Avalanches are a substantial hazard in mountainous terrain, as snow can arrive early and often linger late into the year especially at higher elevations.  The Canadian Avalanche Association (CAA)  offers a variety of courses that are requisite for work safety in avalanche terrain.  A MST working in avalanche terrain must have an Operations level 1 certification at a minimum.Those seeking a greater role in avalanche safety programs will possess an Operations level 2 certification and likely professional membership with the CAA. After working in an avalanche forecasting role and gaining substantial work experience in avalanche terrain the Operations level 3 certification offers another level to achieve.

Strong first-aid skills are essential to the Mountain Safety Technician. There are numerous options when it comes to first aid certification but a MST will possess at a minimum an advanced level course requiring a minimum 80hrs to complete and requiring regular recertification.They will also possess current CPR which must be recertified annually. Wilderness first aid or occupational first aid courses are a great starting point. Those looking to develop a more comprehensive or prehospital background should look into the Emergency Medical Responder.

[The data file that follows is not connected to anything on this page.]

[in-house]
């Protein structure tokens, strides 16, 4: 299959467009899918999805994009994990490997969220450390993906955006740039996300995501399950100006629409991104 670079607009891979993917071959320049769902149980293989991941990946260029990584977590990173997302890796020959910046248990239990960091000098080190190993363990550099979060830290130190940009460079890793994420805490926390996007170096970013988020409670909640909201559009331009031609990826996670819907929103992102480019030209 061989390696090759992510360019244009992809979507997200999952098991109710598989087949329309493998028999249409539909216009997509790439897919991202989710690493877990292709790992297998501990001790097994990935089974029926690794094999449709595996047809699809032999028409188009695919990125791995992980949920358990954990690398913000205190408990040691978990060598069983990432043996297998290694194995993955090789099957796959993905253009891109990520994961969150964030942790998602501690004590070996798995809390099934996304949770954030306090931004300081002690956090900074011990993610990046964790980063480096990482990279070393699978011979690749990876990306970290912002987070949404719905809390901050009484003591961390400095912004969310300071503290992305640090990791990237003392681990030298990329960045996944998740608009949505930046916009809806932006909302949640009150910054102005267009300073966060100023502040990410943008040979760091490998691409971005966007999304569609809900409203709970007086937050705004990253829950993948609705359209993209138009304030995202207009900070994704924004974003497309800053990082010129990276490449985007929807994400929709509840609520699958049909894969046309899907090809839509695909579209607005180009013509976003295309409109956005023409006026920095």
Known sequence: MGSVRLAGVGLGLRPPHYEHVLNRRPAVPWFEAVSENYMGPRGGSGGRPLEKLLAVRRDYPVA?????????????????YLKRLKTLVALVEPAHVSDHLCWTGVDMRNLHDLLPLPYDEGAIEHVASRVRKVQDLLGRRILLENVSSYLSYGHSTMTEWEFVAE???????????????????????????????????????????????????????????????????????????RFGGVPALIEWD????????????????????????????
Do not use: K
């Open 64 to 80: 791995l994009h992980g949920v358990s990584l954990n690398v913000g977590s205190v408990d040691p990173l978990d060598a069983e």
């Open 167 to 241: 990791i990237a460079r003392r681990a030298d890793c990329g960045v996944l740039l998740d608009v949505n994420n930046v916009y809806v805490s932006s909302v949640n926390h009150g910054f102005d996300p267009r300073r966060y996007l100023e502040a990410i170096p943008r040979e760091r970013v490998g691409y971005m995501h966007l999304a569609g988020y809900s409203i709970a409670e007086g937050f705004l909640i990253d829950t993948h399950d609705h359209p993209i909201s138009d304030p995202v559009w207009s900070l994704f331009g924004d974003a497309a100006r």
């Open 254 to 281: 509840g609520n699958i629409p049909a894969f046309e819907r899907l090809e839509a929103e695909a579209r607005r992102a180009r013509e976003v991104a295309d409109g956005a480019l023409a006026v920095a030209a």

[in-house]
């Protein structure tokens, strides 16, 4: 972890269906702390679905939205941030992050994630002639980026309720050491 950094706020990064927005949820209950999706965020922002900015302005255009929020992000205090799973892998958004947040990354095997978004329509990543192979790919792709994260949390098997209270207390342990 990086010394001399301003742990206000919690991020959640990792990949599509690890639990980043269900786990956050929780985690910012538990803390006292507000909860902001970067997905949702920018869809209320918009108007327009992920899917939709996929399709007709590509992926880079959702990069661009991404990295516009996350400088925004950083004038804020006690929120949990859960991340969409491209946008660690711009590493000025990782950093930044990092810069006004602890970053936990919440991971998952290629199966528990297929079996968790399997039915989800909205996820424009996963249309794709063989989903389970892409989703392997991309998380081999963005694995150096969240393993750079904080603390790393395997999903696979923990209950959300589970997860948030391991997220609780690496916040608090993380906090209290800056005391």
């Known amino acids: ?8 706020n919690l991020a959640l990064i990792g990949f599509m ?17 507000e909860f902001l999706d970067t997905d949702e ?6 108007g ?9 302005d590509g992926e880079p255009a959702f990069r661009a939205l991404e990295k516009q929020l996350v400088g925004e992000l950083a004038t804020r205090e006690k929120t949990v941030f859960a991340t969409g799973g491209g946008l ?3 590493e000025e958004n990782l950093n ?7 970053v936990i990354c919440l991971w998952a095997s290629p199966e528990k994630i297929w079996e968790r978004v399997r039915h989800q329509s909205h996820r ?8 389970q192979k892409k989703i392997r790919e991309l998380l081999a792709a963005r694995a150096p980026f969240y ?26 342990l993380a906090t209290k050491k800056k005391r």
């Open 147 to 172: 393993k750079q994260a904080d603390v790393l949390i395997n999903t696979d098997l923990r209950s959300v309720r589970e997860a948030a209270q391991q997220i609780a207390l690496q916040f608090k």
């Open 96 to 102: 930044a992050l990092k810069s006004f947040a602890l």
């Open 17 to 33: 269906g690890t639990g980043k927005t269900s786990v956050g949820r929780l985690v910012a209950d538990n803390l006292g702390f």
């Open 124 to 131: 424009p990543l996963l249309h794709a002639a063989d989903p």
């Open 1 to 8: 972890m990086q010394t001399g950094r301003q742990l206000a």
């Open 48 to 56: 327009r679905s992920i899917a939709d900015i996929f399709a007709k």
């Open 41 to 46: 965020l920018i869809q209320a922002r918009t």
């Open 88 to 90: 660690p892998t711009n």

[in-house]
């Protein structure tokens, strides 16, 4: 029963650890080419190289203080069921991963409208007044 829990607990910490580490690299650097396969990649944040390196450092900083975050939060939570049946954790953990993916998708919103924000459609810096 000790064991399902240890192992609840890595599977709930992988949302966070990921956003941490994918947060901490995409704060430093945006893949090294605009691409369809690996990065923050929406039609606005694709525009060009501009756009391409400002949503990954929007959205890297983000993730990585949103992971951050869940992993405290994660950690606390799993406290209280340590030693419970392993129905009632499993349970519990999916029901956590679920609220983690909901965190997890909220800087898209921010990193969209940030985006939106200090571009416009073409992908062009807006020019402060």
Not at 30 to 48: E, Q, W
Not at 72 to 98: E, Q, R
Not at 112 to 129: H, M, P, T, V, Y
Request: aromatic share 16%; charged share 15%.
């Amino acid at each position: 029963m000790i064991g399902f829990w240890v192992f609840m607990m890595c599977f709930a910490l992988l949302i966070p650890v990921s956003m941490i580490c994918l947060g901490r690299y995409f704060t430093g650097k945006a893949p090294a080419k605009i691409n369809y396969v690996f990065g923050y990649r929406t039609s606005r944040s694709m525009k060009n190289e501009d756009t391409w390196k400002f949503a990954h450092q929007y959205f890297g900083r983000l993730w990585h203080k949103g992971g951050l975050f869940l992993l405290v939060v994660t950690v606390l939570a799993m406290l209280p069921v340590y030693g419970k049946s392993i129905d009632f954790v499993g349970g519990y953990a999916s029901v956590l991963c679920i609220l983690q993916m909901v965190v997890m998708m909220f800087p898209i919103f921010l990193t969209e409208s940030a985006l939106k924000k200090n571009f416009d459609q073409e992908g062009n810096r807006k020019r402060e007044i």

A big challenge when working in difficult or mountain terrain is having the ability to extract injured workers if necessary. GMS hires MST’s with the advanced skill sets required to perform extraction from difficult terrain. HETS or CDFL is a highly effective and efficient rescue tool used globally as a means of extracting injured parties from difficult spots. It involves the use of a longline suspended below a helicopter to insert and extract rescuers and patients. A high level of training and knowledge is required.

Rigging for Rescue is another course and certification that trains advanced emergency response involving the use of technical rope systems for moving people through terrain.

Industry is quickly catching on to the value of MST’s. For example the CAGC (Canadian Association of Geophysical Contractors) whose members drive much of the oil and gas exploration in North America have developed Best Practices which include the use of people trained in much of what is listed above in their terrain assessment guidelines.

Although this list of skills seems long, those that are successful as Mountain Safety Technicians are committed to a lifetime of learning and that is what makes this such a unique industry. Seeking quality mentorship and maintaining a healthy lifestyle and high level of fitness are equally as important as any of the certifications listed above.

It is an exciting job as you never know what corner of the world you may end up in and what type of job will be waiting for you next…